dB HoF No. 137
Release date: July 8, 1997
The grandiose, striking and remarkable rush forth mere minutes into Anthems to the Welkin at Dusk’s prologue “Alsvartr (the Oath).” Nightmarish berceuses haunt mercilessly from the darkest corners of imagination, while frontman Ihsahn poetically invokes the illustrious nightspirit, as if there’s ordinary business in need of attending on the edge of town. This is before the triumphant Trevor Jones-inspired motif spills into the strident maelstrom of “Ye Entrancemperium.” Clearly, Emperor were signaling to not just the album (and persons responsible) before it, Hall of Famer In the Nightside Eclipse, but to the entire scene—Oslo to Bergen and all the evil little hamlets in between—from which they originated. Emperor had not only persevered but grown stronger, more advanced musically and philosophically in the shadows of time. The feisty teenagers that had challenged and subsequently changed black metal three years earlier had become sophisticated young men on Anthems to the Welkin at Dusk, and the result was supernal, ghoulish, regal and rampantly aggressive.
When Anthems to the Welkin at Dusk was released by Candlelight in summer of 1997, it set off a veritable artistic and commercial firestorm. Though prefaced four months by the Reverence EP—featuring black metal’s first-ever “serious” music video—Emperor’s sophomore effort redefined black metal yet again. Like Dimmu Borgir’s breakout album Enthrone Darkness Triumphant months before, Emperor proved there was art and class behind the genre’s much-publicized lunacy. Where murder, arson and intrigue put Norway on the map, it was Emperor’s Wagnerian music that brought black metal and its new precepts to the fore. Tracks like “Ye Entrancemperium,” “Thus Spake the Nightspirit,” “Ensorcelled by Khaos” and “The Loss and Curse of Reverence” were war banners for a new age, pioneering in their scope and unrivaled in their majesty. And very viable to an eager public around the globe.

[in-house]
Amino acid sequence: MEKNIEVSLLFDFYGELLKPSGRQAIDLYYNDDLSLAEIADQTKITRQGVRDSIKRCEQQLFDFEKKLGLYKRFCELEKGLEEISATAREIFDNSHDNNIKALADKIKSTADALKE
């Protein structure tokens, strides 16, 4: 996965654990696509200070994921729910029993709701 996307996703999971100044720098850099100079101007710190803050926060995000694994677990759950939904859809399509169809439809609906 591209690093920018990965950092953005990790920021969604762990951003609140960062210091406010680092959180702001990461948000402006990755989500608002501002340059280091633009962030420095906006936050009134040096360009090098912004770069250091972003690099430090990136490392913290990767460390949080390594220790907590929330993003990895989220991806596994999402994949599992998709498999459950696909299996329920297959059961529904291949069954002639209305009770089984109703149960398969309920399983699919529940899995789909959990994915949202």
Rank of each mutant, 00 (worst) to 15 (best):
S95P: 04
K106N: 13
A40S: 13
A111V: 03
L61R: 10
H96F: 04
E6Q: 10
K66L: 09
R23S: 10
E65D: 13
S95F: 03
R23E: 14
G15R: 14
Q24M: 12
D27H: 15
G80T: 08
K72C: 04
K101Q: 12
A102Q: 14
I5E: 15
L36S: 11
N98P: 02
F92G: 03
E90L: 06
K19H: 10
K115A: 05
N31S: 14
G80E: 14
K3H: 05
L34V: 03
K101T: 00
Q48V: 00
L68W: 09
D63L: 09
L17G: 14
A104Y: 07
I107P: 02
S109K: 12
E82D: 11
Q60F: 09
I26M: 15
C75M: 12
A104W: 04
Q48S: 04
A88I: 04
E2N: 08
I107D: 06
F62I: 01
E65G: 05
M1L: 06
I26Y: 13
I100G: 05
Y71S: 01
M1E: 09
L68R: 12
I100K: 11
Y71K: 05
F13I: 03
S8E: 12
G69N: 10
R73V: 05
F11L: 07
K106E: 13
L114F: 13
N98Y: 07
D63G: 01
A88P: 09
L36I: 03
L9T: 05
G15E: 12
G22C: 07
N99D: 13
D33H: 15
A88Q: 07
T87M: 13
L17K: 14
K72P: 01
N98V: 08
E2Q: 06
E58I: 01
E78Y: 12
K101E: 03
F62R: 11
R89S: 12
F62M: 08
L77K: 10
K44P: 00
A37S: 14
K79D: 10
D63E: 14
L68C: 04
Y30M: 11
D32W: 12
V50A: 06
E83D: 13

Written through literal trials—guitarist Samoth traded riffs and ideas via tapes with Ihsahn while serving time—and recorded over many autumnal tribulations with producer and mentor Eirik “Pytten” Hundvin, Anthems to the Welkin at Dusk sounds like madness redeemed. At its core, it’s diehard black metal. But outward from there, there’s unmissable nods to death metal and flares of appreciation to heavy metal (“With Strength I Burn”). Half of the album’s brilliance was due to Ihsahn and Samoth having a good, long moment to contemplate next steps. The other half is the combined effect of drummer Trym Torson coming aboard and the re-energized group’s unbridled ambition for existence on the outer rim of possible. Sonically, Anthems to the Welkin at Dusk remains one of Hundvin’s finest achievements to date. His orchestration of Emperor’s newfound complexities—without losing the plot—was (and still is) part science and part magic.
To say Decibel is electrified on all fronts to welcome Emperor’s Anthems to the Welkin at Dusk to the great Hall is an understatement. Here, along with peers Immortal, Enslaved and Satyricon and godfathers Celtic Frost, Venom and Slayer, the Norwegians will tell great and distinguished tales, while the deep green dark chaos scatters the ashes of destiny. Long ago, it was written Emperor performs Sophisticated Black Metal Art exclusively. So, shall it be. The King is dead, long live the King!
- Chris Dick
Got to get more Emperor? To read the entire seven-page story, with featurings interviews with all members on Anthems to the Welkin at Dusk, purchase the print issue from our store, or digitally via our app for iPhone/iPad or Android.